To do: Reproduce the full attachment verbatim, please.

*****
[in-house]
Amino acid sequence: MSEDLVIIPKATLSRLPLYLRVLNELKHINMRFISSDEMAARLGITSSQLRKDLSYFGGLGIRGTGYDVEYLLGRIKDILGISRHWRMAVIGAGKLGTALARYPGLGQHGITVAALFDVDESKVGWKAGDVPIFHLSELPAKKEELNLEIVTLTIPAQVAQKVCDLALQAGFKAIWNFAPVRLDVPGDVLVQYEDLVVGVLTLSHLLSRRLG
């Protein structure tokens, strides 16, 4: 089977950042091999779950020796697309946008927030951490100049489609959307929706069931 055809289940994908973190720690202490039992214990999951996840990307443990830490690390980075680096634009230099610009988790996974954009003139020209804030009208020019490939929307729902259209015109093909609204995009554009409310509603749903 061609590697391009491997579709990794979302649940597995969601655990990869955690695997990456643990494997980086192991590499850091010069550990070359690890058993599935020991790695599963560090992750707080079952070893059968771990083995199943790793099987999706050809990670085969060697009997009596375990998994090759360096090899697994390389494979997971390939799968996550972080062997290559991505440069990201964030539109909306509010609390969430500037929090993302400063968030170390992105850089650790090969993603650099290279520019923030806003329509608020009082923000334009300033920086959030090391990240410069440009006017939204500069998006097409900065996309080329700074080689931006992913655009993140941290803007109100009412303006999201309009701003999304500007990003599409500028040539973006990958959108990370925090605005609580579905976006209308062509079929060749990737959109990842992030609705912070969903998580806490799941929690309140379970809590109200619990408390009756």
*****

[in-house]
Amino acid sequence: MSEDLVIIPKATLSRLPLYLRVLNELKHINMRFISSDEMAARLGITSSQLRKDLSYFGGLGIRGTGYDVEYLLGRIKDILGISRHWRMAVIGAGKLGTALARYPGLGQHGITVAALFDVDESKVGWKAGDVPIFHLSELPAKKEELNLEIVTLTIPAQVAQKVCDLALQAGFKAIWNFAPVRLDVPGDVLVQYEDLVVGVLTLSHLLSRRLG
């Protein structure tokens, strides 16, 4: 089977950042091999779950020796697309946008927030951490100049489609959307929706069931 055809289940994908973190720690202490039992214990999951996840990307443990830490690390980075680096634009230099610009988790996974954009003139020209804030009208020019490939929307729902259209015109093909609204995009554009409310509603749903 061609590697391009491997579709990794979302649940597995969601655990990869955690695997990456643990494997980086192991590499850091010069550990070359690890058993599935020991790695599963560090992750707080079952070893059968771990083995199943790793099987999706050809990670085969060697009997009596375990998994090759360096090899697994390389494979997971390939799968996550972080062997290559991505440069990201964030539109909306509010609390969430500037929090993302400063968030170390992105850089650790090969993603650099290279520019923030806003329509608020009082923000334009300033920086959030090391990240410069440009006017939204500069998006097409900065996309080329700074080689931006992913655009993140941290803007109100009412303006999201309009701003999304500007990003599409500028040539973006990958959108990370925090605005609580579905976006209308062509079929060749990737959109990842992030609705912070969903998580806490799941929690309140379970809590109200619990408390009756």